• Can only be provided by lawyers (or specially trained advocates or paralegals in some provinces or territories).
  • Researching a point of law in-depth
    – “I’ve researched cases similar to yours and…”
  • Recommending what steps someone should take and why
    – “I would recommend that you…because…”
  • Guiding someone on what to say
    – “You should tell the judge about…”
  • Filling out forms or telling you what to put in a form, e.g. specific people against whom to file pleadings or types or amount of damages to seek.
    – “In this section of the form we will ask for…in this section you should write…”

Contacting the Lawyer's Office

  • You will need to connect with a Legal Support Navigator at the Journey Project to get matched with a lawyer on our roster. You can contact a Legal Support Navigator at or 1-833-722-2805.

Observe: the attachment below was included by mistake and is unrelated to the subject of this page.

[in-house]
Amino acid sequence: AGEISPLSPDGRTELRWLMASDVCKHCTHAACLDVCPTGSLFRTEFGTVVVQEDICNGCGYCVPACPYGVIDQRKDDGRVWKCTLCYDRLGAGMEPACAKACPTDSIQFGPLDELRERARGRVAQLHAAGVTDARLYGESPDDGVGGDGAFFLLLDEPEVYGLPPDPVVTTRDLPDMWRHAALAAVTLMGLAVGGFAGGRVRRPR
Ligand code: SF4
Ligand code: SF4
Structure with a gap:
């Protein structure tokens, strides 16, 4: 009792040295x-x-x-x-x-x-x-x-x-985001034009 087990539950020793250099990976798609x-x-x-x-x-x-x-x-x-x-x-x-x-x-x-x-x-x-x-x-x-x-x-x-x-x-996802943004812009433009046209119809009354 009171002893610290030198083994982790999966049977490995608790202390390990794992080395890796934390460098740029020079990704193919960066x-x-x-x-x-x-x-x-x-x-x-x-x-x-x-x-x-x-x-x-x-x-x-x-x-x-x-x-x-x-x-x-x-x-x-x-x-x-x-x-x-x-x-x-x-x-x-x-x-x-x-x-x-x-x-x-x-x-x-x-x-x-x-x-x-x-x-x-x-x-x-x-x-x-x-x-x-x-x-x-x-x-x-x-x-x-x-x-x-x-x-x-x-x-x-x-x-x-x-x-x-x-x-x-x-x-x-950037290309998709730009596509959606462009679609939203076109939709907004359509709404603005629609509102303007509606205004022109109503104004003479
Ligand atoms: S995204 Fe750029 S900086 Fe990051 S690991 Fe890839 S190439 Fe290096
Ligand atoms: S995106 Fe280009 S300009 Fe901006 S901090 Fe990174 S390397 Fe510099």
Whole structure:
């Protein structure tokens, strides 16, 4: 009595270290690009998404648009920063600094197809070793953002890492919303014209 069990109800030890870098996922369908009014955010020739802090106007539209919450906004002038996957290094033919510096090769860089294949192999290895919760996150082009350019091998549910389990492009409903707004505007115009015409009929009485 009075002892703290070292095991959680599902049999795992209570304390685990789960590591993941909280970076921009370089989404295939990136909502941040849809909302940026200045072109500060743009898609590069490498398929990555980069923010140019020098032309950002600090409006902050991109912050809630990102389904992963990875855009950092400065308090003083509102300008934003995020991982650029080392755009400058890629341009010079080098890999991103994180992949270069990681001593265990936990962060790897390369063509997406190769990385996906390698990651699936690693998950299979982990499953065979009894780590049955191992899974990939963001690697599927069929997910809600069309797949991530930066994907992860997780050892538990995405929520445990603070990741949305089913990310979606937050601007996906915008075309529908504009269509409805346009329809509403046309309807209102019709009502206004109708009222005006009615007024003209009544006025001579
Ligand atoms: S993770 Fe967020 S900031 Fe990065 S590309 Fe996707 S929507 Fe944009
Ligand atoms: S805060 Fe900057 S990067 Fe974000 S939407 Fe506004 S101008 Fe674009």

• The Legal Support Navigator will provide you with contact information for a lawyer and a referral certificate number.
  • You can contact the lawyer’s office directly to schedule an appointment or ask your Legal Support Navigator to connect you.
  • The lawyer will ask you for your referral certificate number.
  • If you would like to bring along a support person, ask if that is ok.
  • Mention any accessibility or accommodation requests you may have.
  • Make a note of when and where your appointment will take place. If you are calling from outside the province, remember to clarify the time for your time zone.
  • If you need to change or cancel your appointment, let the lawyer know in advance.

Preparing for your appointment